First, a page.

In addition, the pivot points on which femoral rotation and the medial-lateral proportions of the posterior femoral cuts are based differ between systems. Medial pivoting systems have a fixed medial point, which means that when adjusting for rotation of the femoral component, the medial side stays fixed and adjustments in rotation will only change the depth of cuts on the lateral side. Conversely, lateral pivoting systems have a fixed lateral point, and changes in rotation lead to alterations in the bony cuts on the medial side. Central pivoting systems pivot off a central point and lead to alterations in posterior bony cuts on both sides of the femur.

Criticism of measured resection is typically based on the variability seen in patient femoral anatomy. In a valgus knee, the lateral femoral condyle is typically hypoplastic, and the use of the PCA can result in internal rotation of the femoral component. Some studies have shown high variability in the PCA,24 , 27 and one study by Schnurr et al27 showed that independently relying on the PCA to judge rotation resulted in malrotation 49% of the time. Another study found high variability in the TEA and the Whiteside line, undermining the reliability of these anatomic landmarks.28 Great care should be taken when using this technique to avoid femoral component malrotation, and all three femoral landmarks must be evaluated to ensure proper component positioning.

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Gap Balancing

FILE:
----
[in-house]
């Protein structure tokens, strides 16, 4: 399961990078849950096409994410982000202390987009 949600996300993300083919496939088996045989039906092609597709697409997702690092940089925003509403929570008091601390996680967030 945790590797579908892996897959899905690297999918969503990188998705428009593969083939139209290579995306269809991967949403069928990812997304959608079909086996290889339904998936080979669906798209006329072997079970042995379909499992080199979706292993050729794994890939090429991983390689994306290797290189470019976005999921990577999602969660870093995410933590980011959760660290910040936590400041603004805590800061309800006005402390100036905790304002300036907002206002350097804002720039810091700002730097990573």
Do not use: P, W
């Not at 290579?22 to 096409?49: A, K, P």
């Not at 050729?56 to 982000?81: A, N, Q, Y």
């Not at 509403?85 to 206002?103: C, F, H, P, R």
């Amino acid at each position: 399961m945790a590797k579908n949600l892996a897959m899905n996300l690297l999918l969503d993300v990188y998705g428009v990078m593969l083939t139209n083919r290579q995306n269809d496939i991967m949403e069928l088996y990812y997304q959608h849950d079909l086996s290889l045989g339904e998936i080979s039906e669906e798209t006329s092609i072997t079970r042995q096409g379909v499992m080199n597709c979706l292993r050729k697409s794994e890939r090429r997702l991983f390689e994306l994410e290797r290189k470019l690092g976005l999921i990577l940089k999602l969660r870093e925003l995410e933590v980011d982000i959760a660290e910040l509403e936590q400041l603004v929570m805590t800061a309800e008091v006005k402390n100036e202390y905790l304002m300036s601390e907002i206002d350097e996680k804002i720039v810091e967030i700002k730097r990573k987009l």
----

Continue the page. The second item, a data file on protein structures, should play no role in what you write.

The gap balancing technique for TKA requires that the femoral component be positioned parallel to the resected tibia, with both collateral ligaments tensioned. This is accomplished through balance of either the flexion or extension gap first depending on surgeon preference. This technique relies on a precise tibial cut; alterations of the tibial cut from perpendicular will alter femoral component rotation. The gaps are balanced before femoral resection, which includes removal of all osteophytes, and tension is held via distraction devices (Figure 4).

Figure 4

Figure 4

Because variation exists in femoral anatomy between patients, bony landmarks used for measured resection devices may not be accurate in all individuals and can lead to femoral component malrotation. Gap balancing avoids this potential pitfall because it does not rely solely on anatomic landmarks. In addition, improved flexion stability has been demonstrated using the gap balancing technique compared to measured resection,29 which is attributable to the fact that gap balancing produces less femoral condylar lift-off compared to the measured resection technique.30

A disadvantage of gap balancing is the reliance on a perfect tibial cut. Cutting the tibia into excessive varus or valgus will result in malrotation of the femoral component. Over-resection of the distal femur will not only affect the joint line but also will lead to difficulties achieving flexion gap balance. Integrity of collateral ligaments and removal of all osteophytes are crucial because poor balancing can erroneously alter resections. Balancing also requires the use of distraction devices, and tension is judged variably and qualitatively. A tight extensor mechanism can result in flexion gap asymmetry, with the lateral side being comparatively tight, and it is crucial to recognize this intraoperatively to avoid over-resection of the posterior lateral femoral condyle.31 , 32

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Patient-specific Instrumentation

Patient-specific instrumentation is an attempt to simplify TKA by creating preformed cutting guides using preoperative advanced imaging to individualize cutting guides to each patient's unique anatomy. These preformed guides are used to make femoral and tibial cuts to allow for placement of standard, preformed implants. Systems can be CT or MRI based, depending on the company used, and will obtain images typically from the hip all the way through the ankle. Lead time is required to prepare the implants, and this must be taken into account when it comes to patient scheduling.